Towards winter 16th November, harvests, no dig microbiology results, frost hardy vegetables
A principle which always works well (for me since 1982) is to mulch the soil and feed soil life, after clearing last harvests in the autumn. Any decomposed organic matter is good to use, enough that the original surface is not then visible. It’s quick, simple, and has amazing results – see the microscope analysis below, comparing dig and no dig. I give an introduction to no dig in this Guardian blog.
You can spread compost underneath plants growing, such as the kale and broccoli below. There is no need to sieve it, just break lumps with a fork, and see my compost heaps in the latest video.
This can be a bountiful time of year. I am still selling a lot of salad, a few boxes of vegetables and putting roots to store like beetroot. Whether they can stay in the ground depends how cold your climate is: I start to see damage on many roots when nights go to -4C/25F or lower.
Sowing in winter
New growth in dark and cool months is slow. Seed germination is even slower. With just one or two exceptions like micro greens and peas for shoots, I recommend not sowing anything from now until February. While it is possible to get seedlings underway ind winter, this is the question to ask:
- Is it worth the time and trouble?
I have finished sowing for the year and all that remains is to plant out the broad beans in early December. In a colder climate than here, you can sow broad beans say mid October for planting out November: I was contacted by a man from Western (maritime) Norway who succeeds with those timings, Aquadulce Claudia.
I recommend sowing in modules to transplant because of mice, who eat the seeds, and birds which pull up seedlings to eat the sprouted seeds. I have had this happen often enough to make me happy in the extra work of raising plants. Also broad beans mean a lot to me, so early to crop and with wonderful flavour. This year I pre-soaked the seeds as I was too busy to sow on 1st November, a little earlier than normal because of cold weather.
Harvests of Chinese cabbage have been wonderful, however with a lot of discarded outer leaves, because of slug damage. The some hearts have a fat caterpillar and all its frass, yuk! and this is despite a mesh cover, followed by two sprays of Bt. Pests love them 🙂
Sexy topic? Oh yes, this is the leading edge of research into how soil works and how plants grow. We still know amazingly little about either topic, as shown by the worldwide degradation of soil and poisoning of plants.
I have been working with microbiologist Katelyn Solbakk from Norway: I send her Homeacres soil samples, she analyses them, we both learn and I can share her findings. This link is of soil from many of my beds, and shows a good amount of life, although fungi are not measuring high, possibly because of large aggregations of particles, but we don’t know.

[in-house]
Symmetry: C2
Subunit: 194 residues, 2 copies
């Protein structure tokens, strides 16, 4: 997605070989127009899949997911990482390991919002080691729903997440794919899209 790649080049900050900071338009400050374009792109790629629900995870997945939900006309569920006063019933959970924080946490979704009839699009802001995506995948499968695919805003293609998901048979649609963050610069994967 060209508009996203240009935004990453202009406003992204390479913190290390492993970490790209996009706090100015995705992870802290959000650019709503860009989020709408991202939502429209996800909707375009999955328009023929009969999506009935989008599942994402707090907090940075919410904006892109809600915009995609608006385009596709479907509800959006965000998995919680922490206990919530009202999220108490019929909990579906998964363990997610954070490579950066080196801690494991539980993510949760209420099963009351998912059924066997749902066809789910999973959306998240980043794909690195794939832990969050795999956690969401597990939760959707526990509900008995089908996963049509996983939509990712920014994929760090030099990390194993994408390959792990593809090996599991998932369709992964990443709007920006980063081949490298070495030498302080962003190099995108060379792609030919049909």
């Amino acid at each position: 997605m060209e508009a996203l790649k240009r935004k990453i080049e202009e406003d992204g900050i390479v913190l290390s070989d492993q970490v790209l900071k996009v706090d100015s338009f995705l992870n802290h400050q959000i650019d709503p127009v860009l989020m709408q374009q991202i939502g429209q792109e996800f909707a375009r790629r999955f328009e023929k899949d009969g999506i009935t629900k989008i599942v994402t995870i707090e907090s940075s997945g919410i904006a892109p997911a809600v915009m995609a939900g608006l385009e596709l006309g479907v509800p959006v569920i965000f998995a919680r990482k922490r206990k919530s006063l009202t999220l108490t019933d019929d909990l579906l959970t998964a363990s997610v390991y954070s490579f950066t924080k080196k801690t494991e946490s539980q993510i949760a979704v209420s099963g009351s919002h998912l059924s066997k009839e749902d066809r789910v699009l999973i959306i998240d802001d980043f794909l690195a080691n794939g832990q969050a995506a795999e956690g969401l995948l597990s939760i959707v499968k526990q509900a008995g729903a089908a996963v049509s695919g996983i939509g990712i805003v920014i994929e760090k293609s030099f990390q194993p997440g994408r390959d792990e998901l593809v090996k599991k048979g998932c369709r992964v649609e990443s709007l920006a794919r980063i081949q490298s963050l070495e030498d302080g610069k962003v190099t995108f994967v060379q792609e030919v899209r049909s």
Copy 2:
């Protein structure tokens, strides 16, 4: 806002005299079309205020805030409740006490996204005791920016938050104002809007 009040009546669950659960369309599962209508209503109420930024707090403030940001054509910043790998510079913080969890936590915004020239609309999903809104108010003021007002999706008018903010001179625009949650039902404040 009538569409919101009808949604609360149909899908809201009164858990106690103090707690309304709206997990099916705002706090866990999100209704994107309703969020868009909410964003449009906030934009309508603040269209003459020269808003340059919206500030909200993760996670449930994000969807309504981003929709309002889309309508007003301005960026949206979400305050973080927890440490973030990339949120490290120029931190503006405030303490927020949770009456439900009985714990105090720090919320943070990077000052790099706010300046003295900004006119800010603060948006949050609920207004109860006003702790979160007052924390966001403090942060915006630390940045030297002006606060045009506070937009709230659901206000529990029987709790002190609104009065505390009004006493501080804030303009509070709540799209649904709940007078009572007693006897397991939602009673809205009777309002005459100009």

On the other hand, some beds at Homeacres have soil that is almost white, smells of mushrooms and grows many fungi in damp, mild conditions.
I took soil samples from the dig bed and the no dig bed, and sent them to Norway where Katelyn Solbakk does analysis with a microscope. She found strong differences and this is her report, plus a photo below to illustrate the contrast in results
The dig/no dig trial beds show lower fungal levels than the main garden, perhaps because of wooden sides to the beds depriving linkage to woodchip-mulched paths. I plan to mulch both beds with compost of more woody origin this December.
Trial results ongoing
This page has all the details, and here is a recent graphic of seven years results.
Frost hardiness and celery
The beetroot and celeriac look dramatically frozen, but it was only -2C 28F and they are fine. Celery on the other hand might suffer damage in that cold, but mine is interplanted with carrots and under mesh. See the varietal difference!
Frost and Florence fennel
I am trialling a thin layer of rockdust on some beds. I think it’s less about minerals, more about feeding soil life such as earthworms (good for their gizzards), and improving paramagnetism of soil, another aspect of plant growth we know little about. I want to learn more about this.
Undercover and outside
My main sowing was second week of September, transplanted 8th-10th October. My desire is for some autumn harvests from now, but for plants to be still young and vigorous as we head into winter. The main harvests are March and April, lettuce is Grenoble Red from home saved seed, gives vigour.